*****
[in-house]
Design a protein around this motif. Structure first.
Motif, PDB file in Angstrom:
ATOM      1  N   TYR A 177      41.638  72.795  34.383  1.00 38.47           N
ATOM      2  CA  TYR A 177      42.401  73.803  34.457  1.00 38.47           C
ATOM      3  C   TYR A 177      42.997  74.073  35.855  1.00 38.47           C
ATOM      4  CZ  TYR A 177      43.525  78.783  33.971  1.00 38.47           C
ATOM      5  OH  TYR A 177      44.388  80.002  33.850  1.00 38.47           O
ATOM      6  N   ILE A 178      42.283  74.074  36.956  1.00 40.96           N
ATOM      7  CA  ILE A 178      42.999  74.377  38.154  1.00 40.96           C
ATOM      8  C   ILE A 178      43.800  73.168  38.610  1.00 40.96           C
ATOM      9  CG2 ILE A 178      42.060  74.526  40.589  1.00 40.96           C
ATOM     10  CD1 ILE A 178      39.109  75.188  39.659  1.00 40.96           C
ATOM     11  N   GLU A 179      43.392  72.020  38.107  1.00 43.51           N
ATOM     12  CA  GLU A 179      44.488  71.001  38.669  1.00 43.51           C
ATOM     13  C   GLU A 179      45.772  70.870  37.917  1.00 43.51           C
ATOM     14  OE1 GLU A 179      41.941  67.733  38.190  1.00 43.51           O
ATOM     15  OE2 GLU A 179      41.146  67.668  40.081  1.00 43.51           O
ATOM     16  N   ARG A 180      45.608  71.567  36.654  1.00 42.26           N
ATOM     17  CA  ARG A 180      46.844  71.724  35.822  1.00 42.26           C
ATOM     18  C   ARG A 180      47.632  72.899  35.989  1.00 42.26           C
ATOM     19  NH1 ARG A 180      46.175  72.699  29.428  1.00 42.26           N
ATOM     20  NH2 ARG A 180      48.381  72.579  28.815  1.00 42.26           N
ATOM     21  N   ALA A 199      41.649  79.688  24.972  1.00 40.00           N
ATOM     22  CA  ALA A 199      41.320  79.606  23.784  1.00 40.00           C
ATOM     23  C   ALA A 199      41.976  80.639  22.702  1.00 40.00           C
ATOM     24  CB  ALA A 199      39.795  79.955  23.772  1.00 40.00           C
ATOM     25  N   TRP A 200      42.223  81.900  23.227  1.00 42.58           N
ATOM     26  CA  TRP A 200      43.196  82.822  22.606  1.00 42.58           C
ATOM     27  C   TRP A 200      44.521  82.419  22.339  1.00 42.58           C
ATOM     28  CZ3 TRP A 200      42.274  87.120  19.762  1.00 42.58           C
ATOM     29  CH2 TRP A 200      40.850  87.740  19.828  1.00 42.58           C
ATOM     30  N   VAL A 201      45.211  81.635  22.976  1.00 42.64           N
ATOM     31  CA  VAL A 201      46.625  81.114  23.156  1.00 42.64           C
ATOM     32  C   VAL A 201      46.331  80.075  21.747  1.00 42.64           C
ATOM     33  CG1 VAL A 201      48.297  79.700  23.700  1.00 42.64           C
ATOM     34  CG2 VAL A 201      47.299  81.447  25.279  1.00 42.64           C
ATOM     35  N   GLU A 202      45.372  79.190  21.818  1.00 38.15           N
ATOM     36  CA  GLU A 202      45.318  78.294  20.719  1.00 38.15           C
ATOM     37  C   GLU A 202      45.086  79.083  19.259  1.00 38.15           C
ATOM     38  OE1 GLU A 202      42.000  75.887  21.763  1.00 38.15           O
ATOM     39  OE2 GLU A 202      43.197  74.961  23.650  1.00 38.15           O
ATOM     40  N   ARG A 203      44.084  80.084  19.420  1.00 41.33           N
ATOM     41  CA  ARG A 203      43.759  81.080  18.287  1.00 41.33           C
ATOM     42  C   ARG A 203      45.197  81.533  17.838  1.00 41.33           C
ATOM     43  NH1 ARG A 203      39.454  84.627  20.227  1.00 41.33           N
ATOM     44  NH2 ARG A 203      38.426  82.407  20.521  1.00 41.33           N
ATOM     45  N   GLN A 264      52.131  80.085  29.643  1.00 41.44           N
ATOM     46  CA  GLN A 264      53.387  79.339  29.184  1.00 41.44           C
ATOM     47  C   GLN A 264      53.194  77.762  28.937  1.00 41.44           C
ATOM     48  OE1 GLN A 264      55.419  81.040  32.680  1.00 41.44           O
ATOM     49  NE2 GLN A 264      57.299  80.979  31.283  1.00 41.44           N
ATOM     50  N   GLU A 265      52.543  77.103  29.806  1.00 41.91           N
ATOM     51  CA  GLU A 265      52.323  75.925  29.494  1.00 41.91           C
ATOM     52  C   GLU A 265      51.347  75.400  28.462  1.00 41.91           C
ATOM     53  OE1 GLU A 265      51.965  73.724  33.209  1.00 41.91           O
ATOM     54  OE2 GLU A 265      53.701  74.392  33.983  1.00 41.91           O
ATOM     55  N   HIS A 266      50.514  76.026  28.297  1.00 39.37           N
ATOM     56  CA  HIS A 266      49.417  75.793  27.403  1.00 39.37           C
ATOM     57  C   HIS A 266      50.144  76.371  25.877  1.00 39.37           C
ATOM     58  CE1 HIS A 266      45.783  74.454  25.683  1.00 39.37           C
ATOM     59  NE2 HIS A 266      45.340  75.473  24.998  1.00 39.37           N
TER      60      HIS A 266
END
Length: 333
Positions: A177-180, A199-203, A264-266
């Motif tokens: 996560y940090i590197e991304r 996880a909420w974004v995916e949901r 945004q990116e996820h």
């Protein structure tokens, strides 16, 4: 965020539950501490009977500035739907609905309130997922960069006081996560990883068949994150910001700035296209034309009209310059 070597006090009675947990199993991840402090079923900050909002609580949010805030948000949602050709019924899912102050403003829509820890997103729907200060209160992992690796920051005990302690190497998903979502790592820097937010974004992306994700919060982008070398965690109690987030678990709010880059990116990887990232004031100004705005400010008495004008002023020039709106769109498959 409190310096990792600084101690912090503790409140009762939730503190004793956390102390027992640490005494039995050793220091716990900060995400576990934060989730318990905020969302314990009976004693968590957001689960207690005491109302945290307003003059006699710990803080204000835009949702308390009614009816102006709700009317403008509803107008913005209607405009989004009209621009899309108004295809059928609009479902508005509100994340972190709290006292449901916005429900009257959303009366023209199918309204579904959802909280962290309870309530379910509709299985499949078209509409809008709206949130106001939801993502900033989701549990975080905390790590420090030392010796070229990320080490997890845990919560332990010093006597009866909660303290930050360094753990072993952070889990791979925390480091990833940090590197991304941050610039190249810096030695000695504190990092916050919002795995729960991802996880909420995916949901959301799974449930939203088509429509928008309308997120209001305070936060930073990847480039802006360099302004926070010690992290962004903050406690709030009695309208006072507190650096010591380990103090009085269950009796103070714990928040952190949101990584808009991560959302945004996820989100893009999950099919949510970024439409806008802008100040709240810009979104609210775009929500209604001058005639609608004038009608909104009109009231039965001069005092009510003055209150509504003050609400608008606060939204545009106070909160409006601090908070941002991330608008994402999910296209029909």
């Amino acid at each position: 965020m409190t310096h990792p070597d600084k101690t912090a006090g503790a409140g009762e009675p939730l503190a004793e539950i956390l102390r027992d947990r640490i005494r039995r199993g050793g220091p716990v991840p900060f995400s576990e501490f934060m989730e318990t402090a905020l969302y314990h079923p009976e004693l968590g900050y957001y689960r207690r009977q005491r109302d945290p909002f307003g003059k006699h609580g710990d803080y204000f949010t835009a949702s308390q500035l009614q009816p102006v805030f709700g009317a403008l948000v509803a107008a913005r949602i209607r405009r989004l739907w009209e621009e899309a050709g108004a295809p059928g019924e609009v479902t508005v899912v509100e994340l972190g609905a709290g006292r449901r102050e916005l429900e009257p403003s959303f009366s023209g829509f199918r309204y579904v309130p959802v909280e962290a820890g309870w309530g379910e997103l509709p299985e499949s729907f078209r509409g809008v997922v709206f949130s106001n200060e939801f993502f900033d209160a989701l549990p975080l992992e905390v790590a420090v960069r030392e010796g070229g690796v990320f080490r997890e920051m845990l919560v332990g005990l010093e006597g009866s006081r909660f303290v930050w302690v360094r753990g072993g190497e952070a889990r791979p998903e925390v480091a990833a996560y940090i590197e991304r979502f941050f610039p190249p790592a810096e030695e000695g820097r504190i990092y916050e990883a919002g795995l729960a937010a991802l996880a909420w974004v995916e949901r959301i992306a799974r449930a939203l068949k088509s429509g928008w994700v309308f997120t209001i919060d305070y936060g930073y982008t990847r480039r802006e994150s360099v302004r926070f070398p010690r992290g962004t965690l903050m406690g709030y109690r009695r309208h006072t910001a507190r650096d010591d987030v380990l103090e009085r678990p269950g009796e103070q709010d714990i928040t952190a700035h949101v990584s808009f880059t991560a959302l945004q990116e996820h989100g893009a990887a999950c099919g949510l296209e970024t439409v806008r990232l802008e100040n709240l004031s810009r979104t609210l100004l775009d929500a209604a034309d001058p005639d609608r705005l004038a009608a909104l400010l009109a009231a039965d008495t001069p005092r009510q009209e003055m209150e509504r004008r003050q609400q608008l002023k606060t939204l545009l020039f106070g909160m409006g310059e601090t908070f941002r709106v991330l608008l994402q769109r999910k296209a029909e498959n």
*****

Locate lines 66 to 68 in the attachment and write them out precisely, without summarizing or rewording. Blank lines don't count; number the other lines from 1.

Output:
Positions: A177-180, A199-203, A264-266
């Motif tokens: 996560y940090i590197e991304r 996880a909420w974004v995916e949901r 945004q990116e996820h």
């Protein structure tokens, strides 16, 4: 965020539950501490009977500035739907609905309130997922960069006081996560990883068949994150910001700035296209034309009209310059 070597006090009675947990199993991840402090079923900050909002609580949010805030948000949602050709019924899912102050403003829509820890997103729907200060209160992992690796920051005990302690190497998903979502790592820097937010974004992306994700919060982008070398965690109690987030678990709010880059990116990887990232004031100004705005400010008495004008002023020039709106769109498959 409190310096990792600084101690912090503790409140009762939730503190004793956390102390027992640490005494039995050793220091716990900060995400576990934060989730318990905020969302314990009976004693968590957001689960207690005491109302945290307003003059006699710990803080204000835009949702308390009614009816102006709700009317403008509803107008913005209607405009989004009209621009899309108004295809059928609009479902508005509100994340972190709290006292449901916005429900009257959303009366023209199918309204579904959802909280962290309870309530379910509709299985499949078209509409809008709206949130106001939801993502900033989701549990975080905390790590420090030392010796070229990320080490997890845990919560332990010093006597009866909660303290930050360094753990072993952070889990791979925390480091990833940090590197991304941050610039190249810096030695000695504190990092916050919002795995729960991802996880909420995916949901959301799974449930939203088509429509928008309308997120209001305070936060930073990847480039802006360099302004926070010690992290962004903050406690709030009695309208006072507190650096010591380990103090009085269950009796103070714990928040952190949101990584808009991560959302945004996820989100893009999950099919949510970024439409806008802008100040709240810009979104609210775009929500209604001058005639609608004038009608909104009109009231039965001069005092009510003055209150509504003050609400608008606060939204545009106070909160409006601090908070941002991330608008994402999910296209029909």